Does "Population Die-Off" Need To Be Retooled?

One would think humans would have a notion of preservation lofty enough not to get too bogged down in the semantics of the climate debate, but such is not the case.

Cap and trade, polar melting, mega-storms, sea level rise, feedback loops, population die-off.

The language of climate change is strong stuff, so strong that it seems the best work of the Al Gore camp is all for naught unless the communications experts are brought in.

This is the new mandate for green interests seeking to underscore the urgency of the climate change issue--even though the idea of marketing the climate message makes many traditional environmentalists recoil.

The new intersection of communications and global warming inspired Seed Magazine to ask a panel of scientists how much the language of safeguarding the planet--or, if you are of another frame of mind, averting biospheric disaster--really matters.

Most of them came down on the side of the public relations people who have successfully trumpeted the environmental cause. Though the future may indeed be dire, the eco-fundamentalists have proven ill-equipped to convey the climate message compared to the veteran spin masters.

American Univeristy professor of Communications Matthew Nisbet broke down the alchemy of the message.

"The point is not to "sell" the public on climate change, but rather to use research on framing to create communication contexts that move beyond polarization, promote discussion, generate partnerships and connections, and that accurately convey the objective urgency of the problem."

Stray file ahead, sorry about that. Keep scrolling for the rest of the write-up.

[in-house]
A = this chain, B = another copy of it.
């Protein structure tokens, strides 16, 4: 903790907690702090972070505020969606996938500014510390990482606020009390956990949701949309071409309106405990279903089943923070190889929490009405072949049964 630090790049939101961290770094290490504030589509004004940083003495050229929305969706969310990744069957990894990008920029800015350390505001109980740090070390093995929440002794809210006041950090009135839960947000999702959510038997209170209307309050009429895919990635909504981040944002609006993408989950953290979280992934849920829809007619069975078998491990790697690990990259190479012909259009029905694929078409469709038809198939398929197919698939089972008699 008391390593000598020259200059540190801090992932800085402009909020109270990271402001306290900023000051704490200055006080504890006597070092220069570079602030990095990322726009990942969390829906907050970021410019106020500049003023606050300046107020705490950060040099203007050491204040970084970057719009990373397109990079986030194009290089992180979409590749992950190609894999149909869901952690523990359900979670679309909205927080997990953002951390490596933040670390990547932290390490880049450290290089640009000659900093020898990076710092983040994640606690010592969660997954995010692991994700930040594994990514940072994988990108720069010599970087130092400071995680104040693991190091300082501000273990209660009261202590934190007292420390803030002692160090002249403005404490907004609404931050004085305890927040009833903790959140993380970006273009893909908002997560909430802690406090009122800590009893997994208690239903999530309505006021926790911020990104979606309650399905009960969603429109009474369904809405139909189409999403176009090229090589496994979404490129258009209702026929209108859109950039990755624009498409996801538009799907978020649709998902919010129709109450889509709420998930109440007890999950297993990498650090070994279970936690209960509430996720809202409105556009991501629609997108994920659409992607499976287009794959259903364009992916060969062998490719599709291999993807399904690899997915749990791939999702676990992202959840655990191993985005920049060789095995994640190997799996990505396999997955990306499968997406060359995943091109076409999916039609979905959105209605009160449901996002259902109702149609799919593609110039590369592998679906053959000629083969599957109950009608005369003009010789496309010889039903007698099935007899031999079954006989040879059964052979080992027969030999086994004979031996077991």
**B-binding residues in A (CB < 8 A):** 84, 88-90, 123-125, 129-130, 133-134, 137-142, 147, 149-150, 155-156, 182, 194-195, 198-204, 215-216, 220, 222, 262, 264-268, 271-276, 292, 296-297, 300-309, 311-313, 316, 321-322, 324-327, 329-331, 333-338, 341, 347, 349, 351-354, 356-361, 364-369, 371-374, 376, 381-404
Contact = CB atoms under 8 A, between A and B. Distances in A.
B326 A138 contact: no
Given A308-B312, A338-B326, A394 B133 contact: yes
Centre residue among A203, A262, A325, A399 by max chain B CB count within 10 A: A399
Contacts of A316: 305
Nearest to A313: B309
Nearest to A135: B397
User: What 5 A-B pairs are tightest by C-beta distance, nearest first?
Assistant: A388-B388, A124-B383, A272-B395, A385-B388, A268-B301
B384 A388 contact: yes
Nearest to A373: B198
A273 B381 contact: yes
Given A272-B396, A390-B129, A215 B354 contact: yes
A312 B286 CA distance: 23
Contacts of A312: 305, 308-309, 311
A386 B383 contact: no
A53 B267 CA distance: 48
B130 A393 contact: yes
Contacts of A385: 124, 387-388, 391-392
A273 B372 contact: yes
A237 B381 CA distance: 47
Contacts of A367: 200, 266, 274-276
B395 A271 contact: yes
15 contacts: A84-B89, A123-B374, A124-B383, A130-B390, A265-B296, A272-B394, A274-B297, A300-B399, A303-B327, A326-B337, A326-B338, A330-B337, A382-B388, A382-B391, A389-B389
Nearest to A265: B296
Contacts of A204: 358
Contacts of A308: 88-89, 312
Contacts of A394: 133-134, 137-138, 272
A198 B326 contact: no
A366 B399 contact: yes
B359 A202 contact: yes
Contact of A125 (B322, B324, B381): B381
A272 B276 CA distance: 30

When he spoke with Big Think, Nisbet explained how conservatives have courted PR folks in the past to downplay the climate issue as harmful to business and the economy. He noted one of the most persuasive efforts in environmental spin has been the unlikely teamwork of the ecologists and Christians.

​There are two kinds of failure – but only one is honorable

Malcolm Gladwell teaches "Get over yourself and get to work" for Big Think Edge.

Big Think Edge
  • Learn to recognize failure and know the big difference between panicking and choking.
  • At Big Think Edge, Malcolm Gladwell teaches how to check your inner critic and get clear on what failure is.
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Is this why time speeds up as we age?

We take fewer mental pictures per second.

(MPH Photos/giphy/yShutterstock/Big Think)
Mind & Brain
  • Recent memories run in our brains like sped-up old movies.
  • In childhood, we capture images in our memory much more quickly.
  • The complexities of grownup neural pathways are no match for the direct routes of young brains.
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Trauma in childhood leads to empathy in adulthood

It's not just a case of "what doesn't kill you makes you stronger."

Mind & Brain

  • A new study suggests children who endure trauma grow up to be adults with more empathy than others.
  • The effect is not universal, however. Only one kind of empathy was greatly effected.
  • The study may lead to further investigations into how people cope with trauma and lead to new ways to help victims bounce back.
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Why are so many objects in space shaped like discs?

It's one of the most consistent patterns in the unviverse. What causes it?

  • Spinning discs are everywhere – just look at our solar system, the rings of Saturn, and all the spiral galaxies in the universe.
  • Spinning discs are the result of two things: The force of gravity and a phenomenon in physics called the conservation of angular momentum.
  • Gravity brings matter together; the closer the matter gets, the more it accelerates – much like an ice skater who spins faster and faster the closer their arms get to their body. Then, this spinning cloud collapses due to up and down and diagonal collisions that cancel each other out until the only motion they have in common is the spin – and voila: A flat disc.